The return to Flanders

Last weekend I returned to Belgium for my second ride of the Ronde van Vlaanderen (for non-cyclists and English-speaking non-Continentals, that’s the Tour of Flanders). I do love visiting to Belgium. I mean, who wouldn’t, what with those thousands of Trappist beers  to try and, of course, the frites. And even chocolate, if that’s what takes your fancy. And, of course, endless cycle paths (none of which says “Cyclists dismount”).
But there’s one thing I just don’t get about the Belgians (perhaps it’s just the Flemish), and that is their penchant for weird and not so wonderful garden decorations: think garden gnomes, let them grown and remove all colour, then place them in tableau about your garden. Think of giant red rabbits, blue elephants. Think Smurfs … oh, perhaps that explains it. Maybe there’s something about the mushrooms that they eat. Anyhow, during the ride I saw one elderly couple that sitting on a bench outside their house, watching the cyclists passing by. Alongside them was an almost identical couple, half life-sized and cast in concrete, like some kind of mini-me memorial. And I don’t think they were dead yet. Spooky.
The Flemish hills are a bit like their garden ornaments – undersized, but with some dreadful element added. The Flemish call them “berge”, which I thought translated to mountains. But they certainly aren’t the Alps or Pyrenees. Perhaps the North Downs, but shorter. What makes them challenging are the gradient and, in many cases, the cobbles. If you want to loosen every tooth in your head and every bolt on your bike, just ride down one of these “berge” at speed.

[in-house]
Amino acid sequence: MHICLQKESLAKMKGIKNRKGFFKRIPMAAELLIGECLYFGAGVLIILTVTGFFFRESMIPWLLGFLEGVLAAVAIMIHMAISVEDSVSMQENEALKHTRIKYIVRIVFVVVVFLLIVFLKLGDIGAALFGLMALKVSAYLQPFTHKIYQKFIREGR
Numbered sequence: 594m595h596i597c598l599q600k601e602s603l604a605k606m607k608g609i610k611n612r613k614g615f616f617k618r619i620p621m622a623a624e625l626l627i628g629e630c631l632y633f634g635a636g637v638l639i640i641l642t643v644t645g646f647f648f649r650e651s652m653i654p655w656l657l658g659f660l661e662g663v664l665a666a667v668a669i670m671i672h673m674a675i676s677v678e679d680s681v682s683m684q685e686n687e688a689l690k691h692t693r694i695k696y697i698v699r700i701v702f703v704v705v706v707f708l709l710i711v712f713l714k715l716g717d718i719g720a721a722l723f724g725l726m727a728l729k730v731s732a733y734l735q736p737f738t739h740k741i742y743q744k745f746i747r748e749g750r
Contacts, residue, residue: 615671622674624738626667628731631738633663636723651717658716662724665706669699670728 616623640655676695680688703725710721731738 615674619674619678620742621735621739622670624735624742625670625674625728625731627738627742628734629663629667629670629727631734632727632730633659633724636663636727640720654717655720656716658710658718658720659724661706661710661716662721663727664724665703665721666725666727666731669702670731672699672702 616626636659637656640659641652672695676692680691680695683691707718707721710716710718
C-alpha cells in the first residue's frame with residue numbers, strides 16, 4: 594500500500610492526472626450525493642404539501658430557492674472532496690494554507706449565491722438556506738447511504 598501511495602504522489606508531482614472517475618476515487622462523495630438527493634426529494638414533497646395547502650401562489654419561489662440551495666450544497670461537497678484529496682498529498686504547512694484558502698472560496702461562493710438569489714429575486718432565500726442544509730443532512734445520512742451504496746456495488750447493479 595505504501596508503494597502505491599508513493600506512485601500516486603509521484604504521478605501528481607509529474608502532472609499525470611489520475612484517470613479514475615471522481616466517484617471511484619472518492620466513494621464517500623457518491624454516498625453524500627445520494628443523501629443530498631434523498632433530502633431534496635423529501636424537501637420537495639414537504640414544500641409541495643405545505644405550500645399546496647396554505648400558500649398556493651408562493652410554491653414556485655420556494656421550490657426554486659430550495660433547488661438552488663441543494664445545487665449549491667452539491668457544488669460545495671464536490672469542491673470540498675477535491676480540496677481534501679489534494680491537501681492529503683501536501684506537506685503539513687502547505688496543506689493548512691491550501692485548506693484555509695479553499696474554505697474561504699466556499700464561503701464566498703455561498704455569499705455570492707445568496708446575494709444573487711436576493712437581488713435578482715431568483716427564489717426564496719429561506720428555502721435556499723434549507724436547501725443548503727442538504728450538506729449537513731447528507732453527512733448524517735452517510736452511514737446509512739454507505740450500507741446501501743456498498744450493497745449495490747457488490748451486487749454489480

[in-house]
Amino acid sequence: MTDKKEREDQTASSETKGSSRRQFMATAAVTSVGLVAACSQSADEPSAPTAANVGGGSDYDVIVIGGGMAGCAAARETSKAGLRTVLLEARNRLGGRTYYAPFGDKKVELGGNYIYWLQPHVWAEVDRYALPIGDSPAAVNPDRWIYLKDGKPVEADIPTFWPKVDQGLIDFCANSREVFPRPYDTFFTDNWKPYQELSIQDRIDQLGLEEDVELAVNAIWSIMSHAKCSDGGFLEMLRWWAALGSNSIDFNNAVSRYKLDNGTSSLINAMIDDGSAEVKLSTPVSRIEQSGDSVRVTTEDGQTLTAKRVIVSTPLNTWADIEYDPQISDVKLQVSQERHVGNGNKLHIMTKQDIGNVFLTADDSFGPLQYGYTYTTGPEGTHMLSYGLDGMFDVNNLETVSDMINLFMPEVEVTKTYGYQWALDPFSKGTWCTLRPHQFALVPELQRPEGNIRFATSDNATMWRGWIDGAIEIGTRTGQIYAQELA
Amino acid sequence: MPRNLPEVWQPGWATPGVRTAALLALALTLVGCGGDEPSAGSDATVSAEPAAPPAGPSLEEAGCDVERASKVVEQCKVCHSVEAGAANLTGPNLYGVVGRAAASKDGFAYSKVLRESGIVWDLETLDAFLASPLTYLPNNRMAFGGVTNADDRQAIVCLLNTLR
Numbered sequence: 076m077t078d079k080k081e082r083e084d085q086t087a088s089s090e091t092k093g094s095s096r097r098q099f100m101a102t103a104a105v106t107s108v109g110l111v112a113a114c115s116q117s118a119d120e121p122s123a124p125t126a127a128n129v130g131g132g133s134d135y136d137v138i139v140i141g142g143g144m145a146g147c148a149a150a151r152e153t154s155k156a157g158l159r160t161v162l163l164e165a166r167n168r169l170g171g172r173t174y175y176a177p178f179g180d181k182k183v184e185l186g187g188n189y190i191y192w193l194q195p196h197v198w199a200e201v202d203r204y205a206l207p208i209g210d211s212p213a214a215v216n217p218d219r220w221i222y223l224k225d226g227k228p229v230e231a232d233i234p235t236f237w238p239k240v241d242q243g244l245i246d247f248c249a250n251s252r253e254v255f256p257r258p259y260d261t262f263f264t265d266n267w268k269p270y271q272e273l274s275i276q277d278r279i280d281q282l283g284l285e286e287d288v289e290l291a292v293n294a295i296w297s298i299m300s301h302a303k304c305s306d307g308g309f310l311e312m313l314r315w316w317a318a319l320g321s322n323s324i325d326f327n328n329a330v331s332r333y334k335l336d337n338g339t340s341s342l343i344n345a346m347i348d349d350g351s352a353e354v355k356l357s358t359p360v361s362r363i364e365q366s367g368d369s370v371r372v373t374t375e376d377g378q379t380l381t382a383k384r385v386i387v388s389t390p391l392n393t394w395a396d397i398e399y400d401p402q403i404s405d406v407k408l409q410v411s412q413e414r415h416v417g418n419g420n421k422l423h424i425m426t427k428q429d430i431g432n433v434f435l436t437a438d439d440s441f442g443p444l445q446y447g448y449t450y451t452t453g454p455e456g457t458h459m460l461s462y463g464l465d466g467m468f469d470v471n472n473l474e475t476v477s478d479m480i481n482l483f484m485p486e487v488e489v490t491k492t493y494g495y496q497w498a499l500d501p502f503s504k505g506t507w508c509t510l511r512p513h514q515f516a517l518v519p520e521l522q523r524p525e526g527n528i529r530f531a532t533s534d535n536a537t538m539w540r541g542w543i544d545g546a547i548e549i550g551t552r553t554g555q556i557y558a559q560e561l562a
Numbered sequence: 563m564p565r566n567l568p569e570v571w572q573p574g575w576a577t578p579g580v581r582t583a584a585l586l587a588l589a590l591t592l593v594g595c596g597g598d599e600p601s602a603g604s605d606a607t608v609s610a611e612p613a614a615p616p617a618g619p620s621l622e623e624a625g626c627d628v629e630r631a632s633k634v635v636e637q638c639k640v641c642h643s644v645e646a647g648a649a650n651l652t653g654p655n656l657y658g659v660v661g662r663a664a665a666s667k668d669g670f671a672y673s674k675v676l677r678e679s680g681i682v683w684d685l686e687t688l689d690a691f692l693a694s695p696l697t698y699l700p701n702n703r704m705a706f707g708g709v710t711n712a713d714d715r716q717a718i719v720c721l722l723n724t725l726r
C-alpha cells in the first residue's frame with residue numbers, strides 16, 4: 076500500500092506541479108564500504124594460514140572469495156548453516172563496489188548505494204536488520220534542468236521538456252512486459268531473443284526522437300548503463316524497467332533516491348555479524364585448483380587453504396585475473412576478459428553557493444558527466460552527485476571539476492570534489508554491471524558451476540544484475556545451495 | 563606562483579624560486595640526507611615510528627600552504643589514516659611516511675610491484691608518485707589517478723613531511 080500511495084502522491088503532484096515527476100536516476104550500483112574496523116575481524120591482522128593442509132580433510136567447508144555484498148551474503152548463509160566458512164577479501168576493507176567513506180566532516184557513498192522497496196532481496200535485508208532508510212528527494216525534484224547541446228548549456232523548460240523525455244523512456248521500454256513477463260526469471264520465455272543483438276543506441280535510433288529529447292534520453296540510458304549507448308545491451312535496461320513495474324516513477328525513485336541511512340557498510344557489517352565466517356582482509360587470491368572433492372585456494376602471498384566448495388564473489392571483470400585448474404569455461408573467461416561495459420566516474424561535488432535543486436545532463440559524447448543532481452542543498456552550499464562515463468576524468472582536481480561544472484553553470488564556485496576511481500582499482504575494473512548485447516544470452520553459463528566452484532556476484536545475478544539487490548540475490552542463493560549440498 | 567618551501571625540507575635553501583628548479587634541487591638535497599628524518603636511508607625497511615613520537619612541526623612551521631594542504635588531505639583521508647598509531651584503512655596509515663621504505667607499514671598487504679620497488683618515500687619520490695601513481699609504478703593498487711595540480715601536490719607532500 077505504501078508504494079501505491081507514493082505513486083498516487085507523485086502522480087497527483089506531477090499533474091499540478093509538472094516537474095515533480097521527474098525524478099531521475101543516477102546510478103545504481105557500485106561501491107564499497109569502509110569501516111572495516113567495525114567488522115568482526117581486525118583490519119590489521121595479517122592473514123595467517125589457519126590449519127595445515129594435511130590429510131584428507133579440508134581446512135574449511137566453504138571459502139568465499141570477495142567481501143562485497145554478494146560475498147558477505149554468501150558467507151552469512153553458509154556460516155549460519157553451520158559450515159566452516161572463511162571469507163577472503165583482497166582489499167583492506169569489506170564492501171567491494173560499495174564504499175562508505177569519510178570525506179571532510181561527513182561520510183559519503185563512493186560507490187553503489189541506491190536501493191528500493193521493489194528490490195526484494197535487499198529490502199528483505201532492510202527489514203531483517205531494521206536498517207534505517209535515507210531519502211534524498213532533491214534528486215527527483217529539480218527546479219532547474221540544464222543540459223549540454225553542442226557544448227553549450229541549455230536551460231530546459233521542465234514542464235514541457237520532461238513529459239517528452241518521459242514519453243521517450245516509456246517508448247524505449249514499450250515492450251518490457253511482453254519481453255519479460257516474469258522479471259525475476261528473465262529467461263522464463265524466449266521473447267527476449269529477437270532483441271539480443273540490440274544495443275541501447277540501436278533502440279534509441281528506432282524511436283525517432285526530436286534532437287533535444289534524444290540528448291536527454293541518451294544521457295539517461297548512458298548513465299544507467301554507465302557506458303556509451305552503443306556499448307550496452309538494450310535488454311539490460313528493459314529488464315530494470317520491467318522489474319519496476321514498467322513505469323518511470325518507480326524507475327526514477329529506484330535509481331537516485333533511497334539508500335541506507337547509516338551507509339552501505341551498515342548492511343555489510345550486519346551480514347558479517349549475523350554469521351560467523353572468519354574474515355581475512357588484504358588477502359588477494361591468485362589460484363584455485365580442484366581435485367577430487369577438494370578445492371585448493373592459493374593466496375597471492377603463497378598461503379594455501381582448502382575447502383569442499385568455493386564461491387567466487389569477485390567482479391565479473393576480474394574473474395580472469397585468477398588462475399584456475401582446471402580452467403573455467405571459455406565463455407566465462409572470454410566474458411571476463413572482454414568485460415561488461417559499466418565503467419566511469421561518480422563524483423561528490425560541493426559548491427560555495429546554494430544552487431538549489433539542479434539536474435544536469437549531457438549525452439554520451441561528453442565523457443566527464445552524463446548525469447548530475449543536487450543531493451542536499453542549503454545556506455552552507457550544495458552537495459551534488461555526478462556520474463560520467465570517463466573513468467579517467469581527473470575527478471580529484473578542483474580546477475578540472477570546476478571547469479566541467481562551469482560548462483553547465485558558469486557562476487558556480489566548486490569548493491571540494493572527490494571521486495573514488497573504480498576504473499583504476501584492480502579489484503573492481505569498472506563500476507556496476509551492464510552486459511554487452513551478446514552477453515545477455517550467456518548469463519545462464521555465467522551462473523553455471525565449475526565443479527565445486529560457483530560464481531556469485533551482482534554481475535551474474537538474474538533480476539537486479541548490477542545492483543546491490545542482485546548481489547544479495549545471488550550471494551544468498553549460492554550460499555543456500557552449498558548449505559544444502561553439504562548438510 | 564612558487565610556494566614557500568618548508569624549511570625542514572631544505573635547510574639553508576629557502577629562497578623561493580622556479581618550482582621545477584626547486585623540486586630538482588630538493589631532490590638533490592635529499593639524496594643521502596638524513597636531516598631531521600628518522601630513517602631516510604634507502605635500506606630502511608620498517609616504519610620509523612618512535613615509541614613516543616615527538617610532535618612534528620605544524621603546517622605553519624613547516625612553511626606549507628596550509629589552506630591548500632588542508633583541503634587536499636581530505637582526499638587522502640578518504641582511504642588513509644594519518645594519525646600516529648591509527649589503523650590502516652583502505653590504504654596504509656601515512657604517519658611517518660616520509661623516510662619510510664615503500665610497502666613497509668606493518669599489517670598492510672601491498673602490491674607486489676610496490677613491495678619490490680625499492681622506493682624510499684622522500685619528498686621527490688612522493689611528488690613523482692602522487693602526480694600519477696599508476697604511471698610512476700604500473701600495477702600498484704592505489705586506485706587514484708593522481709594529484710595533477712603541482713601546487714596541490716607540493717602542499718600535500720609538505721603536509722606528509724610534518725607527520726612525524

Four years ago, when I first rode the RVV, as it is commonly known, it finished in a nonentity town called Ninove, but since then the ride has centred on Oudenaarde, the Flemish capital of cycling. Once again I opted to ride the medium distance: 135km starting and finishing in Oudenaarde (plus a 20km warm-up from our campsite in Munkzwalm). Last time it was cold and wet, making the cobbled climbs particularly slippery and treacherous. This time the weather was perfect: slightly cool and overcast, with almost no wind. I started out easy, planning to take my time and enjoy the day  – if it took all day. And if I had to push on the hills, then so be it. So what had previously been quite a tough ride turned out to be no more than a pleasant jaunt. What is more, I didn’t need to push up the hills – well, not until someone fell off in front of me halfway up the Koppenberg, which forced everyone around me to a halt. On the rest of the hills and the cobbles I just took  my own sweet, but slightly laboured time, and it was only on the final climb, the short but brutal Paterberg, that I finally capitulated and pushed over the summit. So, apart from one puncture at the 100km mark, it was a great ride.
cancelleraA big part of the fun of being at the Tour of Flanders is to watch the professionals toil over the same hills the following day. My son Matt and I went into Oudenaarde on Sunday where we saw the peloton fly though on their way to the berge. For the next few hours we became ensconced in the town square, sampling the local brew and watching the race on big screens. A few hours later, back in a bar in Munkzwalm, we cheered as we watched Fabian Cancellera outwit and outsprint three Belgians to take the honours. And we cheered even louder when Cancellera confirmed that I’m not the only one who believes that beer is the perfect post-ride potion. Moments after dismounting, and live on television, Cancellera was handed a bottle of beer, unopened. Like the old pro that he is, he popped the cap off by smacking it on the chair next to him, and downed the beer in one go. Cheers Fabian, I’ll drink to that!

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